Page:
Is joint pain impacting your ability to exercise? Interested in learning more about total knee replacement or non-surgical alternatives? Contact Dr. Stickney, a Kirkland orthopedic surgeon, today.

The Link Between Gum Disease and RA

 gum-disease-RAWhen your dentist reminds you to floss, they may be improving your orthopedic well being, along with your oral health. New research published in Science Translational Medicine discovered that the bacteria behind gum disease could also be the catalyst behind rheumatoid arthritis (RA). Although about 1.3 to 1.5 million Americans suffer from RA, an autoimmune condition which causes inflammation, swelling, pain, and stiffness in the joints and can necessitate joint replacement surgery, the root cause is unknown.

The relationship between gum disease and RA has been explored in the past. In 2008, a German study that appeared in the Journal of Periodontology found that people with RA are eight times more likely to develop gum disease than people without RA. In 2012, researchers discovered a correlation between tooth loss and joint inflammation — the greater the tooth loss, the greater the joint inflammation. Various other studies looked at different types of bacteria, such as that responsible for periodontal disease, to try and find a connection, though this research probes further at what specific strain of bacteria could link the two issues.

An international group of researchers collected blood samples from 100 people with gum disease and 100 people with healthy gums to study the bacteria at play. They also gathered blood and joint fluid samples from over 200 people who met RA’s disease criteria, and fluid from between the gum and teeth from nine people with periodontitis and eight people without. By testing and comparing the samples, the researchers noted that those with gum disease had higher levels of citrullinated proteins in their gum fluid than normal. While citrullination is a natural protein regulatory process, the scientists discovered that a strain of bacteria called Aggregatibacter actinomycetemcomitans was responsible as it produces a toxin that splits open certain cells, releasing citrullinated proteins.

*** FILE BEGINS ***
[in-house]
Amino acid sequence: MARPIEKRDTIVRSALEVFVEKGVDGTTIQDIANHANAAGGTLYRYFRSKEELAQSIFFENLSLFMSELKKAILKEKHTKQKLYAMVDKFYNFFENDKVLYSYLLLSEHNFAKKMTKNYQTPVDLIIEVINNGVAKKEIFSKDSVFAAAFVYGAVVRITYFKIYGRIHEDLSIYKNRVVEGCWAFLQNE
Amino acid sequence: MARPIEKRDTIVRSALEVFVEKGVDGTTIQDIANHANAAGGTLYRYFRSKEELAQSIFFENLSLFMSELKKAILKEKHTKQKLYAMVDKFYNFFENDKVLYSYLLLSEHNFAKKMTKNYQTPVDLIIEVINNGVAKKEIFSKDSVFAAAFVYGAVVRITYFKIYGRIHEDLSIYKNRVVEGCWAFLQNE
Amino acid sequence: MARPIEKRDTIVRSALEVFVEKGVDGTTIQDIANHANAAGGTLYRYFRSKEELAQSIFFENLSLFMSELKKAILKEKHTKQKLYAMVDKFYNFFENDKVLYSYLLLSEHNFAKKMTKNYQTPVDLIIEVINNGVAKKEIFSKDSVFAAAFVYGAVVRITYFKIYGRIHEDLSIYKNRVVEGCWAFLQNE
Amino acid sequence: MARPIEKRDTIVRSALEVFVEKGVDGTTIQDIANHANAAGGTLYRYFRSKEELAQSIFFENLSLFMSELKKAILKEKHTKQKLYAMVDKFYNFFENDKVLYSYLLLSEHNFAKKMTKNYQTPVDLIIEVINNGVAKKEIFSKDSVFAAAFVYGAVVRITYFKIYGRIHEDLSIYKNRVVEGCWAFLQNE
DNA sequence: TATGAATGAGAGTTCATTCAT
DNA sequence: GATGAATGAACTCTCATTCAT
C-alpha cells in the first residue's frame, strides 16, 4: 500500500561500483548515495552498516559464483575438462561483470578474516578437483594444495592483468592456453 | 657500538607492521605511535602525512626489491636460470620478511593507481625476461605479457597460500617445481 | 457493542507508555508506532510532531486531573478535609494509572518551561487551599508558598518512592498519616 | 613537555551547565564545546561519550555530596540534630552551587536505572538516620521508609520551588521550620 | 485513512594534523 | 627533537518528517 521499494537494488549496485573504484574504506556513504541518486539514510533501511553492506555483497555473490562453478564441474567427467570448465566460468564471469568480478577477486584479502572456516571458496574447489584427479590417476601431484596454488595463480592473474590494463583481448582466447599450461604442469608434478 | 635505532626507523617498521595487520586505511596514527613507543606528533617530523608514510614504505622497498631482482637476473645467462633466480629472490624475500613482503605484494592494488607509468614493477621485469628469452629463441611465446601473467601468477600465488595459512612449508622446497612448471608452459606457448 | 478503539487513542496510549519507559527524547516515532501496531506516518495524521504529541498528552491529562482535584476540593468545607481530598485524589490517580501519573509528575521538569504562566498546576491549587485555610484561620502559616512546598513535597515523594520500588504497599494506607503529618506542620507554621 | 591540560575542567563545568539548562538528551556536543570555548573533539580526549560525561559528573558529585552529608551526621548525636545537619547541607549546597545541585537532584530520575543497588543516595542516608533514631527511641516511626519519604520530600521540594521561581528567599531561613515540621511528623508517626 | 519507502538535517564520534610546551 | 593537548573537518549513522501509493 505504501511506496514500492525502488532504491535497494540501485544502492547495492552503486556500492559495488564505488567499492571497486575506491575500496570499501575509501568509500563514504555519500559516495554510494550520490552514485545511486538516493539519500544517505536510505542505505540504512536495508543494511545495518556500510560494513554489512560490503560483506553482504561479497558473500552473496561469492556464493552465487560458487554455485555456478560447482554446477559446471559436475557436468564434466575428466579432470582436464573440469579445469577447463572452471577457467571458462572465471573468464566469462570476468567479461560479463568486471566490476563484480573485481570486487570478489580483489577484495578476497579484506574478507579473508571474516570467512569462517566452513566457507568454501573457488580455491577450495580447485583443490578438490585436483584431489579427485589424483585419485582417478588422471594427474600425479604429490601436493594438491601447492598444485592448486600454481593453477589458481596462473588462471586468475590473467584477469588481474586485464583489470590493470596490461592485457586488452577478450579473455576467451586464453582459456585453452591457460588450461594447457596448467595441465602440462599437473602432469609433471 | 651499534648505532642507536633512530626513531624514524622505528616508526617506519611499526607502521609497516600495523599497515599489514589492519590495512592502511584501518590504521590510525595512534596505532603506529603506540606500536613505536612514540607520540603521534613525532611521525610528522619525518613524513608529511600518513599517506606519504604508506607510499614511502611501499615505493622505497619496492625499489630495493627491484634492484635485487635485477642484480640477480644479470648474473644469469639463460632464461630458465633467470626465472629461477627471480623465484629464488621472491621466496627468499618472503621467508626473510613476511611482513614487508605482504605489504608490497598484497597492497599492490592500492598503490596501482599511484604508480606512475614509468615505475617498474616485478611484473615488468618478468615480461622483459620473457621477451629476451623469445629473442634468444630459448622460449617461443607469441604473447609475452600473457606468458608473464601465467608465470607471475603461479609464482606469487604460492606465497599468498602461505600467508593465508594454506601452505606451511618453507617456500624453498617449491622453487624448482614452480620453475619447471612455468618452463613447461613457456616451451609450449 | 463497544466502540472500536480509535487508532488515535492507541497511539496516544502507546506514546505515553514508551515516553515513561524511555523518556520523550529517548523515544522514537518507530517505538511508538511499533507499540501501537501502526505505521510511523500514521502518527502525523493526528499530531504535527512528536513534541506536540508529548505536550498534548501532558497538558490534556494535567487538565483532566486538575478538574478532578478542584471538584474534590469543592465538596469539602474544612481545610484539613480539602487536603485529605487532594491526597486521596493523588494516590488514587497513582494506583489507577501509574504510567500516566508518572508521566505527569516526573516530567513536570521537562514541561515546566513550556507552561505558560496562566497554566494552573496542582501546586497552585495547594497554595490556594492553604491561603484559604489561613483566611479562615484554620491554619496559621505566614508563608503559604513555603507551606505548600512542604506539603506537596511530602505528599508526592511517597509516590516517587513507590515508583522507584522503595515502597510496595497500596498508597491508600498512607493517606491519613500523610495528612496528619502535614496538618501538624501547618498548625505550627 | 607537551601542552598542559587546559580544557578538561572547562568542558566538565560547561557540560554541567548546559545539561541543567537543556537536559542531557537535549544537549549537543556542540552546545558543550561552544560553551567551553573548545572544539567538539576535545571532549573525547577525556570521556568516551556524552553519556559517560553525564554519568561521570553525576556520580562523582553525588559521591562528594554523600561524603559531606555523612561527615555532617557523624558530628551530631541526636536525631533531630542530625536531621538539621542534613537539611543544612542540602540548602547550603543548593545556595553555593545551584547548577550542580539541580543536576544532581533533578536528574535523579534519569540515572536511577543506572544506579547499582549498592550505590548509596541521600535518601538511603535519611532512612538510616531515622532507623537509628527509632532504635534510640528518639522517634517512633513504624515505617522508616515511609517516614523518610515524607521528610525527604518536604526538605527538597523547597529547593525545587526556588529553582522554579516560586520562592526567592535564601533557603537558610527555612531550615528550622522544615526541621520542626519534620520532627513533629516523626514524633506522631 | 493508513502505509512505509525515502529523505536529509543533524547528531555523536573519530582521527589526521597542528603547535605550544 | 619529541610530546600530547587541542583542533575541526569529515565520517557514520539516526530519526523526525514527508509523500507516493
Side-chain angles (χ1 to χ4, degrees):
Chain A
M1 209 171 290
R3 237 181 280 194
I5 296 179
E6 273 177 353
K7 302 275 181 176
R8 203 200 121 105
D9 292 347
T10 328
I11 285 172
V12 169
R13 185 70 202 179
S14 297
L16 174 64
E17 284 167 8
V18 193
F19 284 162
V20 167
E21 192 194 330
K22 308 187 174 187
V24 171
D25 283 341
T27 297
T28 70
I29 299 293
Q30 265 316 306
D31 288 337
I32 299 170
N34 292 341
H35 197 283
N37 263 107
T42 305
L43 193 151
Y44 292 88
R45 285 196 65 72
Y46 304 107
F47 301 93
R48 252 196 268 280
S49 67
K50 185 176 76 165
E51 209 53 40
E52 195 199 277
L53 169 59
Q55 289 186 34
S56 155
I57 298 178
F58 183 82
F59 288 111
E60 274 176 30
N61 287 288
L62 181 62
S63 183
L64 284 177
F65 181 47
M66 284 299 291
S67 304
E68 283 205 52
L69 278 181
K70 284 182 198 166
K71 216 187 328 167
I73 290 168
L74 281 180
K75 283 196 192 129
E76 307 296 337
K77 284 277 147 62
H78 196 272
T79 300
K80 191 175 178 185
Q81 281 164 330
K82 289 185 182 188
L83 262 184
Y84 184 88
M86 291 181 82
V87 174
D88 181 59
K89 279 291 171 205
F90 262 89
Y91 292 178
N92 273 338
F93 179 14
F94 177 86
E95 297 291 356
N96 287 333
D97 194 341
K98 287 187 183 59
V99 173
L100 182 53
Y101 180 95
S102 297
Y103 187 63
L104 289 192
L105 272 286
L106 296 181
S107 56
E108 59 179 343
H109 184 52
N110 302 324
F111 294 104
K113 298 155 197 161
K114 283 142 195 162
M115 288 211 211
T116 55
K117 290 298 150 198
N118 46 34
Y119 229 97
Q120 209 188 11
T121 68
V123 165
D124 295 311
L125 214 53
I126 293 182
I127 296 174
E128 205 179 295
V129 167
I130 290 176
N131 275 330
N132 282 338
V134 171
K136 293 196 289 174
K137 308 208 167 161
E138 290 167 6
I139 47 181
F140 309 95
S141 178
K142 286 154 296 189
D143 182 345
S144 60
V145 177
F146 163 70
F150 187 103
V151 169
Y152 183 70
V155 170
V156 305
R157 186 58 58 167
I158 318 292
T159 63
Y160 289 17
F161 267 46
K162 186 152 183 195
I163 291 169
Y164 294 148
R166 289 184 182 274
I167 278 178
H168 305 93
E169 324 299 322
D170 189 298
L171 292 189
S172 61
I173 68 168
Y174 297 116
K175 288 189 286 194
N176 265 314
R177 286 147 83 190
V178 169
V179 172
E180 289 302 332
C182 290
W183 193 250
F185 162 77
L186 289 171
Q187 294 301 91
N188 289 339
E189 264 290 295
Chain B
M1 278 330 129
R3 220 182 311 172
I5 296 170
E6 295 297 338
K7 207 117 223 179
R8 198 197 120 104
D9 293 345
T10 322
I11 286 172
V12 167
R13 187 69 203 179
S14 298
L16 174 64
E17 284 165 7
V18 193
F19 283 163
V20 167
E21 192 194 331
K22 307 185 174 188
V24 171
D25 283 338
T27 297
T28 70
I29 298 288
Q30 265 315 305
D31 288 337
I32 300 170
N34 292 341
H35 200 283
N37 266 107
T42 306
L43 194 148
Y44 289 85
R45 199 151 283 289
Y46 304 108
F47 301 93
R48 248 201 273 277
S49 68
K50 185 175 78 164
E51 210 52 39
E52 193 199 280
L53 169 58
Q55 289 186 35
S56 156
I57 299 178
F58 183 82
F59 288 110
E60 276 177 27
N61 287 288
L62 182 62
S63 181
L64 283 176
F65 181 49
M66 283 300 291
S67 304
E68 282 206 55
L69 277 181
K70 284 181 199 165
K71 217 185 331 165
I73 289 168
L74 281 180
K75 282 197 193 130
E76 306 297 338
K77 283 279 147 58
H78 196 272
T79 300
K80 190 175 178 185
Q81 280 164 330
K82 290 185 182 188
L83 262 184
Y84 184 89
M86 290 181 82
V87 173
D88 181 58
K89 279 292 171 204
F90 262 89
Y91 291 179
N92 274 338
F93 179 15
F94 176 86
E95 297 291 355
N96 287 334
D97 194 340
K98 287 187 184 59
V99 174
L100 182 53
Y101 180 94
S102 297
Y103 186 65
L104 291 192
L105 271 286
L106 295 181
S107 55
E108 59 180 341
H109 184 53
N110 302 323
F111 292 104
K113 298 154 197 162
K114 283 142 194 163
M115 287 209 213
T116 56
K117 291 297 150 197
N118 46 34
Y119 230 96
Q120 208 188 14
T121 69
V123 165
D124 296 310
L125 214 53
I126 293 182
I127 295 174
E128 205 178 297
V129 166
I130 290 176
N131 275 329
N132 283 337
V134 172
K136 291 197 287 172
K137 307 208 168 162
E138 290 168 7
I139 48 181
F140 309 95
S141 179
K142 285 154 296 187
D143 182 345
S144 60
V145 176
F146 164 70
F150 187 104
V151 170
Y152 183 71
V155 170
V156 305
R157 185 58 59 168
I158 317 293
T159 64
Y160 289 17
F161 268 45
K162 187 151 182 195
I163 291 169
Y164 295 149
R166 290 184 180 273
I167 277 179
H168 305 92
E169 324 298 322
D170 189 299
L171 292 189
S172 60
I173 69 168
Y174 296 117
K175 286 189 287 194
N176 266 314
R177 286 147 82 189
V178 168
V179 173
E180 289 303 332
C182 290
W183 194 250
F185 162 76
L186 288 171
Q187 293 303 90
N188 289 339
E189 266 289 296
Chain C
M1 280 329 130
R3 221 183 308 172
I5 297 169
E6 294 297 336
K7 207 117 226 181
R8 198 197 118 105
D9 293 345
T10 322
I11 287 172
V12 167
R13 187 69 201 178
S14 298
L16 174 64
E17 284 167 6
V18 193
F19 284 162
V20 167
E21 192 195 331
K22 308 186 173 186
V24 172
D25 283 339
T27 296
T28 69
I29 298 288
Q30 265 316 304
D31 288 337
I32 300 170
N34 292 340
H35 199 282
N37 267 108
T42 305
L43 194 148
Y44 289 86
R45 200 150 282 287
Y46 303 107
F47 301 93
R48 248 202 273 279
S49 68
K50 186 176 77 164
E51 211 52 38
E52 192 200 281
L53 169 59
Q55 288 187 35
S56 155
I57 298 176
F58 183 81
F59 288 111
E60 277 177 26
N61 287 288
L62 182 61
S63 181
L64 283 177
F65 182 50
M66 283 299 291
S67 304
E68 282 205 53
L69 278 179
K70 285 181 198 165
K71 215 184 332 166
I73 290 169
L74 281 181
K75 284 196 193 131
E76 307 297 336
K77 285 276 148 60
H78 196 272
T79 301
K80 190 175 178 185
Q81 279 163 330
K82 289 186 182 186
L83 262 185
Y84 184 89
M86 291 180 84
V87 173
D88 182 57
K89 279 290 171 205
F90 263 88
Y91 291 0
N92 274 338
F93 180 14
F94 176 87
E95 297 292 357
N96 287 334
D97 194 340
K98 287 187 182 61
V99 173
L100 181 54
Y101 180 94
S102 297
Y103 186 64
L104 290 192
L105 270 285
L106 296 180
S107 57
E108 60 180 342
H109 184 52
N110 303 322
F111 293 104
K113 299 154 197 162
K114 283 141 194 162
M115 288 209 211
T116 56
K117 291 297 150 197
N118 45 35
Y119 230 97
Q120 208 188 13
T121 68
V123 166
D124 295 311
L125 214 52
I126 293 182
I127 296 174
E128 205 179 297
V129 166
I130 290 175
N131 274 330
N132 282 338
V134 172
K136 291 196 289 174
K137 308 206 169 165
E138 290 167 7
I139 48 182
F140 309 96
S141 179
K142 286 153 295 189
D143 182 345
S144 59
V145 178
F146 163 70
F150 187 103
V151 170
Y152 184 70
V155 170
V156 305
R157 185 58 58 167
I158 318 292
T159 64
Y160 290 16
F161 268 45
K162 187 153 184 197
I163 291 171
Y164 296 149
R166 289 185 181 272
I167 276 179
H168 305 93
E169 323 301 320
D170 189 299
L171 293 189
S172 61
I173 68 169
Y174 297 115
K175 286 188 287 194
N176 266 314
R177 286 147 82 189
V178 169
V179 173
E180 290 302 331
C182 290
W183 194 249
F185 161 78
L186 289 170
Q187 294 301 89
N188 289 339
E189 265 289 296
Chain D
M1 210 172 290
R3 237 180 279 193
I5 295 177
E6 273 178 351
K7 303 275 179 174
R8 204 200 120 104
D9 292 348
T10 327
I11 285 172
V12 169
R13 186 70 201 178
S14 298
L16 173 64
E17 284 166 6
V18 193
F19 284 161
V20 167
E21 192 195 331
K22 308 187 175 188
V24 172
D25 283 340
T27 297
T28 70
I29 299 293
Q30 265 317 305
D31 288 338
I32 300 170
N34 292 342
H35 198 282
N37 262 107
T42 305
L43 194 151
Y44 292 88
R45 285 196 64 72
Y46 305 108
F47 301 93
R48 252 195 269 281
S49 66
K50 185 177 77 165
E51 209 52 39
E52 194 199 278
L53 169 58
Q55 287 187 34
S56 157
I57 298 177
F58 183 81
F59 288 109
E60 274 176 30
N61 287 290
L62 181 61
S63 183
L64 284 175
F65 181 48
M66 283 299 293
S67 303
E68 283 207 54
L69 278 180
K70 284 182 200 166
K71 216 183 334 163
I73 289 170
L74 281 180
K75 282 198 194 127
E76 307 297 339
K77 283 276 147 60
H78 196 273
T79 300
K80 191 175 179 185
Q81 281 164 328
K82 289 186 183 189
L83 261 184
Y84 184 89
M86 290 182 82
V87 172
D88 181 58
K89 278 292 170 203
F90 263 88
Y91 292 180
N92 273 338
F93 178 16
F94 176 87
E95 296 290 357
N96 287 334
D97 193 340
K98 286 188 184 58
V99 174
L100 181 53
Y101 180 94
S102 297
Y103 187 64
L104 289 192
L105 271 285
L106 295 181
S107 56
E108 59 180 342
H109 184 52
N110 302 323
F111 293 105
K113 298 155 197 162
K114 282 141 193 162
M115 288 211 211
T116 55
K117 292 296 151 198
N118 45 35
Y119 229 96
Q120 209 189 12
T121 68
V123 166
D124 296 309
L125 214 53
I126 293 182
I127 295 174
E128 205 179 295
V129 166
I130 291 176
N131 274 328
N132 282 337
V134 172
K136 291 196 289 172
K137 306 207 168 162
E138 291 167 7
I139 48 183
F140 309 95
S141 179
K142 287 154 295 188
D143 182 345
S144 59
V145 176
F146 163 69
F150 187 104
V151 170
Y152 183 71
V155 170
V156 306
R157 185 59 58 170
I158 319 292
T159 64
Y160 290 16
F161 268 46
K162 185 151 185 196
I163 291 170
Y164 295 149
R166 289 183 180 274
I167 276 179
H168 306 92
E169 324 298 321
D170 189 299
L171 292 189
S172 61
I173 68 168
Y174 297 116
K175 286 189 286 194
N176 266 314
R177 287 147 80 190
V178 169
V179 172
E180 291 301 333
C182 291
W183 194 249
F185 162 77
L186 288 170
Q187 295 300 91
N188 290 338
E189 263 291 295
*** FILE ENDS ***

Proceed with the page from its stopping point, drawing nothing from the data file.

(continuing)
The immune system in patients with RA reacts to this by creating antibodies specifically designed to combat the toxin, suggesting that the bacteria could trigger the autoimmunity of RA. While more research is needed to find a definitive correlation, researchers from Case Western University noticed that patients with RA saw a decrease in pain and other arthritis symptoms when they treated their gum disease.

This still doesn’t provide an exact answer of what can cause RA, nor does it prove gum disease is the main culprit since the presence of one doesn’t necessarily guarantee the other. As the disease’s onset can take decades, it’s possible there are other inflammatory processes at play and poor brushing habits can’t be blamed entirely. However, these findings provide new understanding of how the disease works and interacts with other bodily systems.

If you’re suffering from joint pain, knee arthritis or hip arthritis contact Dr. Stickney, a Kirkland orthopedic surgeon who specializes in procedures including total knee replacement and knee arthroscopy surgeries.

Innovative Developments in Treating Knee Osteoarthritis

stickney-300Knee osteoarthritis is a progressive degenerative condition. Up until recently, all treatments have been directed at ameliorating its symptoms, with no hope of stopping disease progression. However, recent trials using Platelet-Rich Plasma (PRP) to treat the disease, rather than just the symptoms, have had encouraging results. 

PRP is concentrated plasma from your own blood that has been separated to include platelets, small blood cells that are loaded with growth factors responsible for healing cells and that help form clots so your body can repair any damage.  Many of these growth factors have been shown to promote cartilage regeneration. Although PRP has been used since 1987 to help with cell regeneration, using it to stimulate cartilage renewal is fairly new. The treatment entails drawing blood and injecting the PRP into the knee.  

Two recent scientific papers reported decreased pain and improved function after PRP injections. In 2011, the Journal of Arthroscopy reported on the comparative results of injecting knees with PRP versus viscosupplementation with hyaluronic acid (HA), a procedure that injects a lubricating fluid into the joint. At the six-month follow-up, the PRP group had less pain. A second study in the American Journal of Sports Medicine in 2016 reported on the comparative results of injecting PRP versus saline, which was used as a control. The results of this study showed dramatic improvement at six months in both pain and function for the PRP group. There is much more to learn about PRP injections, and a lot of research is ongoing in this field. 

This data is very encouraging. PRP is readily available, easily processed, safe, and one of the only proven regenerative treatments for early arthritis of the knee.

If you’re suffering from arthritis or are interested in learning more about PRP knee injections as a treatment option, contact Dr. Stickney, a Kirkland orthopedic surgeon